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NCJ Number: 74591 Find in a Library
Title: Role of Research in the Maximization of Police Productivity (From Compte rendu de l'atelier sur la productivite de la police, P 240-253, 1980, Peter Engstad and Michele Lioy, ed. - See NCJ-74581)
Author(s): G L Kelling
Date Published: 1980
Page Count: 14
Type: Report (Study/Research)
Format: Document
Language: French
Country: Canada
Annotation: The meaning of police productivity and the role of research in maximizing police productivity are defined.
Abstract: Criteria for productivity are difficult to establish the number of arrests is not significant without considering the types of crimes involved, and public satisfaction is not always a measure of effective services. For each productivity indicator there are one or several factors which affect its validity. The form of productivity must also be considered, as the goals of specialty units are frequently given priority over general police goals. Frequently, performance measures such as response time have little to do with actual results even though there appears to be a logical association between the indicator and the results. As a consequence, researchers tend to perpetuate myths of the police profession in their choice of indicators. At the same time, however, researchers may also establish the ineffectiveness of a particular strategy (e.g., preventive patrols). Thus, the essential question for empirical research involves what the police must do to satisfy the multiple and variable public needs of the moment. Research can aid the police in deciding which technology to apply, in determining what legal restrictions apply to the police, in comparing different police functions to assess cost effectiveness, and in making varied decisions. However, police functions range from crime prevention to protection of constitutional rights, and research has tended to focus only on one aspect of police responsibilities (i.e., crime control). Little importance has been attached to measuring productivity in non-crime-related activities; as a result, police tend to neglect other activities that will go unrecognized. Thus, a good deal of the research on police productivity has been unproductive or counterproductive, and researchers should devote a large portion of their efforts to assessing actual and possible police activities not related to crime. Extreme caution must be exercised in applying research results because blind acceptance of myths perpetuated by research can place police chiefs in an awkward position. Four notes are supplied. --in French.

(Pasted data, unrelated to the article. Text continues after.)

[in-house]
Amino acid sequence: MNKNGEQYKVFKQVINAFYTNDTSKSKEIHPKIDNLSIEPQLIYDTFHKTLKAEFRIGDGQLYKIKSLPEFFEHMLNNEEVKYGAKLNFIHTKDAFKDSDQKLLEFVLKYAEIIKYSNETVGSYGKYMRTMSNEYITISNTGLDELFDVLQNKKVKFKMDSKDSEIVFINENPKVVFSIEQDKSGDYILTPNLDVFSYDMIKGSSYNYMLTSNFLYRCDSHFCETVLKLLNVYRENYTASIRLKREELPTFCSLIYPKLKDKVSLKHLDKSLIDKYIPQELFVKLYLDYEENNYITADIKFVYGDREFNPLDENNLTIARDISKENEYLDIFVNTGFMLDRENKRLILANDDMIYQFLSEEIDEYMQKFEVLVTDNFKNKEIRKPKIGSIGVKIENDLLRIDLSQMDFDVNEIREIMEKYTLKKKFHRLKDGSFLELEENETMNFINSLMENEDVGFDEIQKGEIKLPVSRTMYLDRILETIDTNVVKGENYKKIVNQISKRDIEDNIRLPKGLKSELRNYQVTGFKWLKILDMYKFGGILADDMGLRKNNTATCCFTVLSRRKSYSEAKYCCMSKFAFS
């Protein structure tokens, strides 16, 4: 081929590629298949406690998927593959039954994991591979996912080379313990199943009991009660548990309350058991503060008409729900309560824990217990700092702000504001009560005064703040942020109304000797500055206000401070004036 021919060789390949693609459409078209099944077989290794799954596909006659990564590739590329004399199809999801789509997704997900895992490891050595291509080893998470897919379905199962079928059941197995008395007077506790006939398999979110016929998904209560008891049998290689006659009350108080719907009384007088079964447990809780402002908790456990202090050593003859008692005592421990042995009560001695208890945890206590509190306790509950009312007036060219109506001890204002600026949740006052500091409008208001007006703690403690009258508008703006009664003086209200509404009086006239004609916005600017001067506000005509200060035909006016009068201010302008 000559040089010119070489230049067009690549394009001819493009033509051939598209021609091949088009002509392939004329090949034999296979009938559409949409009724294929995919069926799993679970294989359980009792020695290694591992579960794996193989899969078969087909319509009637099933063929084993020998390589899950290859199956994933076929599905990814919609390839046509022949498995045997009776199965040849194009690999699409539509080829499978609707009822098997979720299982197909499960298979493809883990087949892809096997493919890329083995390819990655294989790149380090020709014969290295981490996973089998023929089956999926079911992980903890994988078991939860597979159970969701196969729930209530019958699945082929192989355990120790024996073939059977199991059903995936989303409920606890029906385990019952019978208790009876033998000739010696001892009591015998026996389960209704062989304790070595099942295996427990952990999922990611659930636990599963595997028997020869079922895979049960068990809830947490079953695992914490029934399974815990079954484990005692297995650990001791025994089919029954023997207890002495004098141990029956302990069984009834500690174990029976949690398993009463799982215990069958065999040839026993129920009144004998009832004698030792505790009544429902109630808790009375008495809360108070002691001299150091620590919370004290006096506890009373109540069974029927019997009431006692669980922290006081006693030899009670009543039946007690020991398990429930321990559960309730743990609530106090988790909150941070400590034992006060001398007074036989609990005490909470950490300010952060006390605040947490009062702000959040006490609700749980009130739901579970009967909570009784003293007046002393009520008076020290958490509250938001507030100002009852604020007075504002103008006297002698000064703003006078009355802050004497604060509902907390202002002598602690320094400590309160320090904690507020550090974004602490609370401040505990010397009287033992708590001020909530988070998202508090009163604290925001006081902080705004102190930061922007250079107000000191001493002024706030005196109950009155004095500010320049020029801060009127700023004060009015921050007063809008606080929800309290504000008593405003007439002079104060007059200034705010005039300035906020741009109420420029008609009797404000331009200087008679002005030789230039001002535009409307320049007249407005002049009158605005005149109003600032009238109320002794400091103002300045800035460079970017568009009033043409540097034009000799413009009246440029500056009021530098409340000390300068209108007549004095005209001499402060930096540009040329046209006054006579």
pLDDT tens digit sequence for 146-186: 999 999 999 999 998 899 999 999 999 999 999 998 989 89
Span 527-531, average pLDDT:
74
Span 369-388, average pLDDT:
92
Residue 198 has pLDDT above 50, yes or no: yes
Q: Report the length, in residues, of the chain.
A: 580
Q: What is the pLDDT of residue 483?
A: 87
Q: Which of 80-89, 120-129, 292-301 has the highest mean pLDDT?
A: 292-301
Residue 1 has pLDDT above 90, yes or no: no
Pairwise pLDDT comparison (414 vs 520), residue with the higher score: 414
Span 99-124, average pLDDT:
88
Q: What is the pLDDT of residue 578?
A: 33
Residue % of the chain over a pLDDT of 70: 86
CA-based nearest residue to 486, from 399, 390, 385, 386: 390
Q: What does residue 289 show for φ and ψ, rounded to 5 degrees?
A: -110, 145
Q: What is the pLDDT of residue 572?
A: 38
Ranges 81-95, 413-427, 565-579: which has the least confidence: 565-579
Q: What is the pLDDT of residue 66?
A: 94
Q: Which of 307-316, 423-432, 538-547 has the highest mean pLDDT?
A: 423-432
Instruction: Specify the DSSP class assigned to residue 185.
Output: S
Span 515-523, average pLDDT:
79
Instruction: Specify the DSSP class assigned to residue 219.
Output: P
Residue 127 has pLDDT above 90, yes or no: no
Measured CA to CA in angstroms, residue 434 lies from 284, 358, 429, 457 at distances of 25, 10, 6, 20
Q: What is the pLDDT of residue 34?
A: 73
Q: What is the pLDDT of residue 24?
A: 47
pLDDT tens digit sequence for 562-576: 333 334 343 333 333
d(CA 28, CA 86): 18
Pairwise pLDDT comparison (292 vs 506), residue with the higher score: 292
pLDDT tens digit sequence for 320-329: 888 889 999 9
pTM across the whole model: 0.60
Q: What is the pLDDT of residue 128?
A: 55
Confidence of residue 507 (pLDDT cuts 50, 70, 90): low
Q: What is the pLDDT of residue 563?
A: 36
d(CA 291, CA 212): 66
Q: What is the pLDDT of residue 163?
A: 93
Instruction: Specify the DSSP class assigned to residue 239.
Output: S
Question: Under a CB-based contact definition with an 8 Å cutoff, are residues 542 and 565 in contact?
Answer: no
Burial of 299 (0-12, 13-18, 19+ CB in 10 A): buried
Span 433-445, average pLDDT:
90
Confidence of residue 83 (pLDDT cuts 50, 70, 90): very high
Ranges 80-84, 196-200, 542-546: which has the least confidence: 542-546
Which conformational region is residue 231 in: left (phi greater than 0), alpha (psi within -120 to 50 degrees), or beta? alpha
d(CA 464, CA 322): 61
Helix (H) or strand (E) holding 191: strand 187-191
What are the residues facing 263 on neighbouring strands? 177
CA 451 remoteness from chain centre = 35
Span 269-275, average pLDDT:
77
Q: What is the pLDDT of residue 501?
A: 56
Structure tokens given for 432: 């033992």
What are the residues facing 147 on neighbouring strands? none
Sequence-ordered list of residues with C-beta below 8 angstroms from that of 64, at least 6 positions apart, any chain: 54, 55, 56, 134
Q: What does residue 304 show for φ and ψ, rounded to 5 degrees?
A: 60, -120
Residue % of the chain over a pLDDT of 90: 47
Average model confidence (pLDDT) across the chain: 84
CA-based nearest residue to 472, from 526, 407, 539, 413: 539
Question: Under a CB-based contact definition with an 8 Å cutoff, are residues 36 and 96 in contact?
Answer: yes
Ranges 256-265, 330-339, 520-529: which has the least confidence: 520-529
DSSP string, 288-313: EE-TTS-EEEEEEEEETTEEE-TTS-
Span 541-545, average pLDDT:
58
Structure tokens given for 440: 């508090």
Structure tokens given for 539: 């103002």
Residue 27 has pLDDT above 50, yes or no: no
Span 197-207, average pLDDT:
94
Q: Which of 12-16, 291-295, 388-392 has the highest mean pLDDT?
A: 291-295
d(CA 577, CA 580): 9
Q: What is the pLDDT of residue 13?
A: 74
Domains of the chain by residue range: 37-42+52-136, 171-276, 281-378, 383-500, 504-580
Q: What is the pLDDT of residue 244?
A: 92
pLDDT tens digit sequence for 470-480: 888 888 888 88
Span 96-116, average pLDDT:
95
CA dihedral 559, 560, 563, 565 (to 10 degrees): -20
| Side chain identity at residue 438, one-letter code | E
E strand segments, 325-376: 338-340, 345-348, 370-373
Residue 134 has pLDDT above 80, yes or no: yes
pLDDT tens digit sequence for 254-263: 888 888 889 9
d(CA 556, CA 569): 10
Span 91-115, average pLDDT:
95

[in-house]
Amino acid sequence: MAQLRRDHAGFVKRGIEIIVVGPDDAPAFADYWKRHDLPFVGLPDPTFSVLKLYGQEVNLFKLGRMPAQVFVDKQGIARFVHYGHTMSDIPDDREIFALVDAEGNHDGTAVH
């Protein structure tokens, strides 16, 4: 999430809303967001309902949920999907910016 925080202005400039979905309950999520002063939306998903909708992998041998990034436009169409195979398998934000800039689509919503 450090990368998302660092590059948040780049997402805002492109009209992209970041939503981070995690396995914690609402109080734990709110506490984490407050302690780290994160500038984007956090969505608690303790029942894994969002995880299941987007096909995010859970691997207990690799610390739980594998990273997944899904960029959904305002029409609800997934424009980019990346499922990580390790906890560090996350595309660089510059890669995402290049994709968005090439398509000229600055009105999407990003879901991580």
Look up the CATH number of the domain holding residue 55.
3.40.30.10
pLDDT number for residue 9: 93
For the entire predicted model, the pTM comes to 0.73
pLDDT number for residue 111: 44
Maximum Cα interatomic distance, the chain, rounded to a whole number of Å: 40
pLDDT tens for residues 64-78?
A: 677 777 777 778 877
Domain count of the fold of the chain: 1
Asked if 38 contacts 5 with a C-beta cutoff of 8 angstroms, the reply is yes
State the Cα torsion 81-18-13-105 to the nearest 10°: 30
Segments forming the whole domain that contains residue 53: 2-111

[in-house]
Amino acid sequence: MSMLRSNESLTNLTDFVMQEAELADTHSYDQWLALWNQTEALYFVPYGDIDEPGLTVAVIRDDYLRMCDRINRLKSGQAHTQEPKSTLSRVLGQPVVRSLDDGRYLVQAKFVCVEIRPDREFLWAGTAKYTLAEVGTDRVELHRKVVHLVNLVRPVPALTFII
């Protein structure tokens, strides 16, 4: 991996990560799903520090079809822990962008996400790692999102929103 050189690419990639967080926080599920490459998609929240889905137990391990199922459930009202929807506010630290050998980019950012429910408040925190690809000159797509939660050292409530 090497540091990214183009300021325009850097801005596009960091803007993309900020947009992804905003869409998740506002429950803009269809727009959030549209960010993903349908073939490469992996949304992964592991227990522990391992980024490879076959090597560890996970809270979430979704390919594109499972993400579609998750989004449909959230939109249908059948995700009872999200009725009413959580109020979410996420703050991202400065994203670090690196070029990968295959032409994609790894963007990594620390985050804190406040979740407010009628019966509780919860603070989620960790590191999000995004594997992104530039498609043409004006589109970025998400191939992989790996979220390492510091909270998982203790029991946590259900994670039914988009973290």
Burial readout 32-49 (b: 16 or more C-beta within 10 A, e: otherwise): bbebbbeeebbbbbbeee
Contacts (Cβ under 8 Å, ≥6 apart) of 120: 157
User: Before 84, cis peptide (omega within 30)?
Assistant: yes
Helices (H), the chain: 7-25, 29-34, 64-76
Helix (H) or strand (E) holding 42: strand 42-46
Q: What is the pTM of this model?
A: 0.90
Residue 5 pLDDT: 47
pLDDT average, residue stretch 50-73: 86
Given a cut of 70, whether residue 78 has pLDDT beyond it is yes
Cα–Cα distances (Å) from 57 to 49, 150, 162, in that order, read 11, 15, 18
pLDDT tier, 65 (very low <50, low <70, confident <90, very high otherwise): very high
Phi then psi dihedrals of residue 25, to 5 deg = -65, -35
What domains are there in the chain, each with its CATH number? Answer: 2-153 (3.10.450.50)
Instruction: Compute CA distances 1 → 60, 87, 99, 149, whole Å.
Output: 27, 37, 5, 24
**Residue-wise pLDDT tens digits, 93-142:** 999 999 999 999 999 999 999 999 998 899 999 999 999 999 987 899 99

Index Term(s): Police effectiveness; Police responsibilities; Productivity; Research; Research and development; Research methods
To cite this abstract, use the following link:
http://www.ncjrs.gov/App/publications/abstract.aspx?ID=74591

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